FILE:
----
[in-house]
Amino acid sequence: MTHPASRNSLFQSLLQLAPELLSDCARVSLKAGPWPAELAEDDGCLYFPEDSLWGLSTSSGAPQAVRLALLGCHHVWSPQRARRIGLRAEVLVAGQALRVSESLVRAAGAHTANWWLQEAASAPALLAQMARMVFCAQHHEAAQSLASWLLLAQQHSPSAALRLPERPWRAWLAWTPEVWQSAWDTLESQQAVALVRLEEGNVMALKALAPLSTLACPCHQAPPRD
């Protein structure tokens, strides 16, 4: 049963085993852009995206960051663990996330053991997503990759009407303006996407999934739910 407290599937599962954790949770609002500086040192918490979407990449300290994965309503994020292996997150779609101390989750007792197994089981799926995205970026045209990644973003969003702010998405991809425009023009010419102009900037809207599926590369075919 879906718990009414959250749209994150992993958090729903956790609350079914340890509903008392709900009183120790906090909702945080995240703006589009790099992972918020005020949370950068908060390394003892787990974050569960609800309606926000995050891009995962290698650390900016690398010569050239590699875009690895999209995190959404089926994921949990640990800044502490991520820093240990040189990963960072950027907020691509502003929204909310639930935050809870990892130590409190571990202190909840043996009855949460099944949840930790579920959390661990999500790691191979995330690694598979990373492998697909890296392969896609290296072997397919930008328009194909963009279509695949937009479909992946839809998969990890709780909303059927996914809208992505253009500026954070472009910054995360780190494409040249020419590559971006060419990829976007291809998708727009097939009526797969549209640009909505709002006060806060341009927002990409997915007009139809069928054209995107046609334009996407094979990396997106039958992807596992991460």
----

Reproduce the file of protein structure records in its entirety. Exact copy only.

[in-house]
Amino acid sequence: MTHPASRNSLFQSLLQLAPELLSDCARVSLKAGPWPAELAEDDGCLYFPEDSLWGLSTSSGAPQAVRLALLGCHHVWSPQRARRIGLRAEVLVAGQALRVSESLVRAAGAHTANWWLQEAASAPALLAQMARMVFCAQHHEAAQSLASWLLLAQQHSPSAALRLPERPWRAWLAWTPEVWQSAWDTLESQQAVALVRLEEGNVMALKALAPLSTLACPCHQAPPRD
């Protein structure tokens, strides 16, 4: 049963085993852009995206960051663990996330053991997503990759009407303006996407999934739910 407290599937599962954790949770609002500086040192918490979407990449300290994965309503994020292996997150779609101390989750007792197994089981799926995205970026045209990644973003969003702010998405991809425009023009010419102009900037809207599926590369075919 879906718990009414959250749209994150992993958090729903956790609350079914340890509903008392709900009183120790906090909702945080995240703006589009790099992972918020005020949370950068908060390394003892787990974050569960609800309606926000995050891009995962290698650390900016690398010569050239590699875009690895999209995190959404089926994921949990640990800044502490991520820093240990040189990963960072950027907020691509502003929204909310639930935050809870990892130590409190571990202190909840043996009855949460099944949840930790579920959390661990999500790691191979995330690694598979990373492998697909890296392969896609290296072997397919930008328009194909963009279509695949937009479909992946839809998969990890709780909303059927996914809208992505253009500026954070472009910054995360780190494409040249020419590559971006060419990829976007291809998708727009097939009526797969549209640009909505709002006060806060341009927002990409997915007009139809069928054209995107046609334009996407094979990396997106039958992807596992991460």